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Euro market pilot saturation

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Euro market pilot saturation

Old 17th Jan 2020, 17:45
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When it comes to the airlines, there shouldn't be an "industry" taking huge sums from trainees (or their parents) and putting them in the right-hand seat of an airliner after a couple of hundred hours of training. In my opinion, it should either be like the CTC of old with it's 3% acceptance rate, very high placement rate and available funding, or CAP 509-style with full airline funding. I think the demise of CAP 509 and the arrival of a 200 hour "aerial work" CPL replacing the old 700 hour one has dented T&Cs massively by flooding the supply side of the market, strengthening the demand side's hand massively.

As I've said on here many a time, I work on the railway. A few train train operating companies here in the UK have agreed to pay their off-the-street trainees the same (or nearly the same) salary as fully qualified drivers part-way through training. Why? There's a shortage of perennial shortage of drivers driven by the fact that all training must be done in-house, it gives the union a bit more bargaining power. A similar thing happened with newly qualified drivers at another place, shortage of instructors meaning training took longer, the union said, "well, you should be giving them back-pay once they qualify" and the company indeed did that. People were getting £30k payslips the month they got their key.

That's what you pilots could do if the supply/demand situation was in your favour. A lot of people have mentioned supply/demand situation in the US airline market context but wherever it favours the supply (employee) side, you're onto a winner!

Last edited by Chris the Robot; 17th Jan 2020 at 18:08.
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Old 17th Jan 2020, 19:56
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Olympia463

You make some excellent points re the Air Force. I left UGSAS two years ago now, (we are now Universities of Glasgow and Strathclyde Air Squadron) and everyone is required to sit the full 8-hour suite of aptitude tests at Cranwell in their first year - although it is not a requirement to pass to join the Sqn.
L3 airline academy? 45 minutes on a computer!

I accrued around 30 hours in the Grob with what I would describe as second to none quality instructors. Each with many years of Nimrod/Lightning/Tornado/Chinook flying under their belts. Day one taught to fly base on “feel” of the aircraft, set the throttle based on the engine noise, being able to tell if you are gaining altitude just by the horizon, etc .No looking at the instrument panel(other than for confirmation, of course!). You are flying an aircraft and using your natural senses to gauge control inputs. I am of course very grateful to start my flying career from the very best and I hope I do not forget all that they taught me!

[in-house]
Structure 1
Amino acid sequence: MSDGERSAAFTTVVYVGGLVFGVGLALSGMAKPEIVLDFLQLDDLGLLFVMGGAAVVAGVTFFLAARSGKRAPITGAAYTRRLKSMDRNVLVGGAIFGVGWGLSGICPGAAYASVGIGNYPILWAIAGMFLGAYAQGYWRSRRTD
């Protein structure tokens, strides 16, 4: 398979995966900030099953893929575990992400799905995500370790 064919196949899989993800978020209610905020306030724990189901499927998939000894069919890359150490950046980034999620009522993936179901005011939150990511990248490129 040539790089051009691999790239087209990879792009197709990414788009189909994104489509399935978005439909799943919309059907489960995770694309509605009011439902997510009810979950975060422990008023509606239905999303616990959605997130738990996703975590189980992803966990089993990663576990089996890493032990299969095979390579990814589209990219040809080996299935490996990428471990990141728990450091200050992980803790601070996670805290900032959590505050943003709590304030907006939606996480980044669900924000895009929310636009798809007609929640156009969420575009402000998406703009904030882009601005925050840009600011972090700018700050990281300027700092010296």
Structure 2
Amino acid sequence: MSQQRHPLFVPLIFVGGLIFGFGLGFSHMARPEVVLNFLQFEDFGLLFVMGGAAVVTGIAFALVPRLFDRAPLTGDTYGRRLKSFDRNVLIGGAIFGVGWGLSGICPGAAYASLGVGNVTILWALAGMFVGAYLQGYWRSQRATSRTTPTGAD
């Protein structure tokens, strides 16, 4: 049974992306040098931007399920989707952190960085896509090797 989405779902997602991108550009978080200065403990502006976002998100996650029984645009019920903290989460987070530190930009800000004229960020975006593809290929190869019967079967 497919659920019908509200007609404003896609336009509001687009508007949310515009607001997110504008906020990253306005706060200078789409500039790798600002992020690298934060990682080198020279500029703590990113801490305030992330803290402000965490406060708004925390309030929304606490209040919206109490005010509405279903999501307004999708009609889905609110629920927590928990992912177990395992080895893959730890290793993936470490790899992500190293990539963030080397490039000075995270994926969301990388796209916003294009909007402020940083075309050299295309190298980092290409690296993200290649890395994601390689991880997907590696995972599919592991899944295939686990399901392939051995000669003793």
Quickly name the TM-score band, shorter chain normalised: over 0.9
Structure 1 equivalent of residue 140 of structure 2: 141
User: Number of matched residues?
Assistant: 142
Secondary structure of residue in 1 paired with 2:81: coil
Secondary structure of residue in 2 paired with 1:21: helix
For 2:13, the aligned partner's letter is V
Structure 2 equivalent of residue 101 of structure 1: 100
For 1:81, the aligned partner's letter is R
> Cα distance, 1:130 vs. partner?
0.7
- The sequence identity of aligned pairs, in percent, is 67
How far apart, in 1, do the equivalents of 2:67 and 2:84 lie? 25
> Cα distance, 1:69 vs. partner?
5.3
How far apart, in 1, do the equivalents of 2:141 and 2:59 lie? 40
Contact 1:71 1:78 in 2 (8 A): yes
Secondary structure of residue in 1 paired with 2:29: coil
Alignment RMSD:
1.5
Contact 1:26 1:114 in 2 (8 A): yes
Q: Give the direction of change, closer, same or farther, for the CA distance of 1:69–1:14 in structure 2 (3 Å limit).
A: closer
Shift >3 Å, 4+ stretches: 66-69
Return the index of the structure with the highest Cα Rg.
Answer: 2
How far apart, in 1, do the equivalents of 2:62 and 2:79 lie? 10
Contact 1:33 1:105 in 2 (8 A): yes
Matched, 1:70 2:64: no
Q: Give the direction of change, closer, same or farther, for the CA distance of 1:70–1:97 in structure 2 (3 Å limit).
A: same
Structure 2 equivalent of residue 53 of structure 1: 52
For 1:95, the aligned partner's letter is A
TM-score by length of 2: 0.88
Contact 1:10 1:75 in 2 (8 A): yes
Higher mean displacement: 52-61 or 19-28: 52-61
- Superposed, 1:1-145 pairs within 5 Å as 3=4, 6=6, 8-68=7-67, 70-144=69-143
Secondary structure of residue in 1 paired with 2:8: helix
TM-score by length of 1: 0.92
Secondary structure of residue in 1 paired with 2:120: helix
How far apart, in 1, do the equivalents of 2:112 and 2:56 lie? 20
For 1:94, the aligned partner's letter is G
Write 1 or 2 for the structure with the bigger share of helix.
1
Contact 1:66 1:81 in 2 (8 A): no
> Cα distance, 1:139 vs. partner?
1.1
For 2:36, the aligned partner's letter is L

I am now ending University and a looking for a career in Civilian flying and while I have total trust in the academies (L3 , CAE, FTE) I do think it’s unlikely the instruction will quite match my UGSAS days... but who knows?
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Old 17th Jan 2020, 23:51
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Originally Posted by Olympia463 View Post
I had applied to join Glasgow University Air Squadron - I didn't get in - too many applicants that year, but I did have the full RAF medical, aptitude (in a Link trainer), and attitude tests, which took all day in the nearest military hospital. Why do the airlines not do this?
.
But some airlines do still do this.

The airline I am most familiar with puts prospective recruits, even those already holding medicals, commercial licences and perhaps with thousands of mil/civvy hours through a selection processes that amongst many other things will involve a short assessment session in a simulator.

Further to that and also to answer LanceHudson's comment that:

.I left UGSAS two years ago now, (we are now Universities of Glasgow and Strathclyde Air Squadron) and everyone is required to sit the full 8-hour suite of aptitude tests at Cranwell in their first year - although it is not a requirement to pass to join the Sqn.
L3 airline academy? 45 minutes on a computer!
Folks..at the risk of being controversial I'd make one observation...if say, the RAF or an airline is paying for some/all of an ab-initio's training right from day one then they are going to insist on some form of fairly rigorous screening prior to that training commencing because they are carrying all the financial risk if the student gets the "chop" (can we still use that term?) during the course.

If, OTOH, the student (or his/her parents) are carrying all the financial risk then the training organisation(s) might perhaps have a slightly different approach to aptitude tests.